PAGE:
Courts strongly prefer that cases be decided on the merits. This often influences them to grant a motion to vacate the entry of default. But in some cases, a court will determine that the defendant's reasons aren't good enough and refuse to set aside or vacate the entry of default.

Sua Sponte Dismissal

A sua sponte dismissal refers to a motion for dismissal issued by the court but not requested by either party to the lawsuit. Sua sponte means "of one's accord" or "voluntarily."

Generally, a judge will order a sua sponte dismissal if they determine there are problems with a trial. For instance, a judge may dismiss a case after realizing that the court lacks jurisdiction.

Motion To Exclude

A motion to exclude is a request to have specific evidence or testimony left out of a trial. For example, in some cases, expert witnesses may be desirable to support a claim. Expert testimony can be helpful to explain certain aspects of the case that are outside the average person's understanding.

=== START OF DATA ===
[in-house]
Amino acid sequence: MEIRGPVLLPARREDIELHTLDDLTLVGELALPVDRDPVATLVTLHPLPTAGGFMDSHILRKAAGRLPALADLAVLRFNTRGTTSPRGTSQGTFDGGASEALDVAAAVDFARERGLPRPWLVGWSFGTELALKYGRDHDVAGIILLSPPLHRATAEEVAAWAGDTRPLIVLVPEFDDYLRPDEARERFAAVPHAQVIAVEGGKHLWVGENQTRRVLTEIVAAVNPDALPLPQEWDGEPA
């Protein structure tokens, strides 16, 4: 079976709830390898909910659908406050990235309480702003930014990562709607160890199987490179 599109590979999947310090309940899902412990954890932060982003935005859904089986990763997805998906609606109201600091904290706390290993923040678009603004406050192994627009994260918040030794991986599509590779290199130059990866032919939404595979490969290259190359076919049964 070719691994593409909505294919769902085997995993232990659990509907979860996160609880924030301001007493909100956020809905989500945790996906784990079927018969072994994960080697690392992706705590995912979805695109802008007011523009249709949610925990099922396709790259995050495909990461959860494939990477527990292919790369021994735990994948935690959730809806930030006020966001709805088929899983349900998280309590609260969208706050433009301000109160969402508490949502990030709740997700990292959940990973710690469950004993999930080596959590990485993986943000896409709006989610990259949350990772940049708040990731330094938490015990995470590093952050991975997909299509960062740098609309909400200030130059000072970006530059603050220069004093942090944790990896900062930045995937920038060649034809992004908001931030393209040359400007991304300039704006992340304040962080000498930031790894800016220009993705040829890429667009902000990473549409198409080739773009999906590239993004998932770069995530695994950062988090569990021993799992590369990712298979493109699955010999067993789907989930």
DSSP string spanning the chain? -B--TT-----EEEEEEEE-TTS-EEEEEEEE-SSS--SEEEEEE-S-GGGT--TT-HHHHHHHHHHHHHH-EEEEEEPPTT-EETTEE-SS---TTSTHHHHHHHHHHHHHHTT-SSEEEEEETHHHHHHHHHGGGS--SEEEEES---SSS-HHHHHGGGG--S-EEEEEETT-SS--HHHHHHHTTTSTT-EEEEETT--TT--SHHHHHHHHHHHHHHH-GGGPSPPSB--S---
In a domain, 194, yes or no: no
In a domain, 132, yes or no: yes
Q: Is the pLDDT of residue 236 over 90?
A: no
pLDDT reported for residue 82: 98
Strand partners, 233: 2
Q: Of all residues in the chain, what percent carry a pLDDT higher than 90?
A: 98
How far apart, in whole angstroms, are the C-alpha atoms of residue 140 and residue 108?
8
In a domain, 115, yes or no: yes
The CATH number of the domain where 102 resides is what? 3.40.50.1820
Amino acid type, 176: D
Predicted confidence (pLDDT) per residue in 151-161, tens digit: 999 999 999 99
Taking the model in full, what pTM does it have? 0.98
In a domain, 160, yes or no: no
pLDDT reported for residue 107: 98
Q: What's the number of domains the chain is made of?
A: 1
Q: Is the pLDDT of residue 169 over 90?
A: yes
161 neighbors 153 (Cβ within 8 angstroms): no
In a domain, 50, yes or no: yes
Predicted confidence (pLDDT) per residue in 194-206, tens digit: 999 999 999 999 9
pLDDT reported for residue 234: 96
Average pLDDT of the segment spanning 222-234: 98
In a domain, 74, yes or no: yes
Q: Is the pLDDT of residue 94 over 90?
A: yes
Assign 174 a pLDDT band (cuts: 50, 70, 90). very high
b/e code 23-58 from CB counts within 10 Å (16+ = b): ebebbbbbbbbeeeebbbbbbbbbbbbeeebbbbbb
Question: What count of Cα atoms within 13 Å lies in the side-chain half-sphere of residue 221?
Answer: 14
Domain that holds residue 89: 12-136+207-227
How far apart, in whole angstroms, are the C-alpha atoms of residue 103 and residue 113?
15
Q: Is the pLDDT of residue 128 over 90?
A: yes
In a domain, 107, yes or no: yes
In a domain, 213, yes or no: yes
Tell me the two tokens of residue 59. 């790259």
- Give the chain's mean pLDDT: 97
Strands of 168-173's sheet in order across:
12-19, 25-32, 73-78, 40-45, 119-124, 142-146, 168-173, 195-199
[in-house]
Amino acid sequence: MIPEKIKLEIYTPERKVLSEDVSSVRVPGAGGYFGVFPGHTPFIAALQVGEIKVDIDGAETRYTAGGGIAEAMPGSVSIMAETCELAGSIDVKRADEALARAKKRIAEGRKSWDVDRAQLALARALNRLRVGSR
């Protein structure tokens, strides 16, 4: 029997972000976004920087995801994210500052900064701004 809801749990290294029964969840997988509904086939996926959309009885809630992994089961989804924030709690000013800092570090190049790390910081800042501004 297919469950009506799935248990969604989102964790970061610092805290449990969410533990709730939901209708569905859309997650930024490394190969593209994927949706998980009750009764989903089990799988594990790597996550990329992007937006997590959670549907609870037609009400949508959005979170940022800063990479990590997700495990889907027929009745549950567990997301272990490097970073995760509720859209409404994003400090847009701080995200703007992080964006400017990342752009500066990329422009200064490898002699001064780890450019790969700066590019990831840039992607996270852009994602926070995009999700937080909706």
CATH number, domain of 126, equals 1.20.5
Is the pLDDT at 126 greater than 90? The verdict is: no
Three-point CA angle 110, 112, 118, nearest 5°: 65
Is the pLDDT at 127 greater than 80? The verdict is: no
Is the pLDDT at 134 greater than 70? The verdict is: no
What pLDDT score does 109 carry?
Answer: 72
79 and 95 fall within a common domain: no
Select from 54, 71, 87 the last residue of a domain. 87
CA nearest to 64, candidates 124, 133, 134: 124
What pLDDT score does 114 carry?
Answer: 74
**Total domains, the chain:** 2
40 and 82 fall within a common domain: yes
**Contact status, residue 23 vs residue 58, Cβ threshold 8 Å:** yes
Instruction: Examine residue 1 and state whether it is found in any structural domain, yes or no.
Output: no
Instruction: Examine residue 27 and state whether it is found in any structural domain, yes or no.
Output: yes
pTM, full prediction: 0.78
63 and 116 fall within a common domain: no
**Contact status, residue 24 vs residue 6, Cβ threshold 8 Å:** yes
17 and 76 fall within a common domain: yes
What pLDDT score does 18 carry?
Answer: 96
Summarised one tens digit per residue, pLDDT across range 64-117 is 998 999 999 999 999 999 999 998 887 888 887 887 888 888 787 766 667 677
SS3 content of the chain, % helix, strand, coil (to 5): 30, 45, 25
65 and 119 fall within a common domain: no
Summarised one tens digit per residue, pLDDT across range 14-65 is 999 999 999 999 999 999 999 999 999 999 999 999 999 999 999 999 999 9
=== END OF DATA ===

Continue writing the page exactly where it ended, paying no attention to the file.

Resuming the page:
But witnesses need to meet specific qualifications to be considered experts. You can file a motion to exclude a proposed expert's testimony because the witness doesn't satisfy those qualifications.

In Limine Motions

Motions in limine are filed by attorneys before a trial begins. These motions aim to prevent certain evidence from being presented during the trial, usually because it is irrelevant, prejudicial, or otherwise inadmissible under the rules of evidence.

For example, in a car accident case, an attorney might file a motion in limine to prevent the opposing party from introducing evidence of the plaintiff's prior driving record.

Get Legal Advice About Resolving Your Case With Pretrial Motions

It doesn't matter how smart or educated you are. The law can be confusing for anyone. A seasoned attorney will be able to help you make sense of your options, whether you're dealing with a wrongful death issue, car accident claim, property damage case, personal injury claim, or other type of case.

Lawyers seek opportunities to avoid trials or weaken the opposition's arguments through pretrial motions. Contact a litigation attorney today to get professional help with your case, learn more about court rules, and discuss attorney fees.